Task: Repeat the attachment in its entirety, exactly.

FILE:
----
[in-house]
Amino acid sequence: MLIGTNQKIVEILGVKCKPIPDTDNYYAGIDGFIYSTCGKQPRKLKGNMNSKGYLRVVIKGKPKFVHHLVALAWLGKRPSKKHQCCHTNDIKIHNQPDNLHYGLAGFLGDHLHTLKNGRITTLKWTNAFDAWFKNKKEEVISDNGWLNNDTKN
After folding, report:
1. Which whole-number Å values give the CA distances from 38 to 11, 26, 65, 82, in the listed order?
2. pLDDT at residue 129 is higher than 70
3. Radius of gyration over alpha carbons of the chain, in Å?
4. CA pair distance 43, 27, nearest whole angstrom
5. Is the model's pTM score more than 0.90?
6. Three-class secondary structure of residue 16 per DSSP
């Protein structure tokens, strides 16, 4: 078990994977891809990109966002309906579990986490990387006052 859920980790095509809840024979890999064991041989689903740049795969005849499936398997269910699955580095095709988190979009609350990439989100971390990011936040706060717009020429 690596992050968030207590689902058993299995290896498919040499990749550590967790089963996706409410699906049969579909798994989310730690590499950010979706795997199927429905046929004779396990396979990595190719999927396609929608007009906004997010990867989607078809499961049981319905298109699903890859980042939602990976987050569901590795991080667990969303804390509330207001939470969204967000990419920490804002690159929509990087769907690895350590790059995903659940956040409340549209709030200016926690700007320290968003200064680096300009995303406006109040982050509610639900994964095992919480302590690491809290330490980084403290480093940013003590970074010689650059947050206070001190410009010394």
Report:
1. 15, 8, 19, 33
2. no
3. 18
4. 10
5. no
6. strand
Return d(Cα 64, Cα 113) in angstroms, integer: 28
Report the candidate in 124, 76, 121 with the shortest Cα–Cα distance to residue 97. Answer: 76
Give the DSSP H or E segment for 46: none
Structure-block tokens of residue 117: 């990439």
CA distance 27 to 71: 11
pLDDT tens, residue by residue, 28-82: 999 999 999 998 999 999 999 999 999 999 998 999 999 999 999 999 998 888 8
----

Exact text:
[in-house]
Amino acid sequence: MLIGTNQKIVEILGVKCKPIPDTDNYYAGIDGFIYSTCGKQPRKLKGNMNSKGYLRVVIKGKPKFVHHLVALAWLGKRPSKKHQCCHTNDIKIHNQPDNLHYGLAGFLGDHLHTLKNGRITTLKWTNAFDAWFKNKKEEVISDNGWLNNDTKN
After folding, report:
1. Which whole-number Å values give the CA distances from 38 to 11, 26, 65, 82, in the listed order?
2. pLDDT at residue 129 is higher than 70
3. Radius of gyration over alpha carbons of the chain, in Å?
4. CA pair distance 43, 27, nearest whole angstrom
5. Is the model's pTM score more than 0.90?
6. Three-class secondary structure of residue 16 per DSSP
């Protein structure tokens, strides 16, 4: 078990994977891809990109966002309906579990986490990387006052 859920980790095509809840024979890999064991041989689903740049795969005849499936398997269910699955580095095709988190979009609350990439989100971390990011936040706060717009020429 690596992050968030207590689902058993299995290896498919040499990749550590967790089963996706409410699906049969579909798994989310730690590499950010979706795997199927429905046929004779396990396979990595190719999927396609929608007009906004997010990867989607078809499961049981319905298109699903890859980042939602990976987050569901590795991080667990969303804390509330207001939470969204967000990419920490804002690159929509990087769907690895350590790059995903659940956040409340549209709030200016926690700007320290968003200064680096300009995303406006109040982050509610639900994964095992919480302590690491809290330490980084403290480093940013003590970074010689650059947050206070001190410009010394």
Report:
1. 15, 8, 19, 33
2. no
3. 18
4. 10
5. no
6. strand
Return d(Cα 64, Cα 113) in angstroms, integer: 28
Report the candidate in 124, 76, 121 with the shortest Cα–Cα distance to residue 97. Answer: 76
Give the DSSP H or E segment for 46: none
Structure-block tokens of residue 117: 């990439």
CA distance 27 to 71: 11
pLDDT tens, residue by residue, 28-82: 999 999 999 998 999 999 999 999 999 999 998 999 999 999 999 999 998 888 8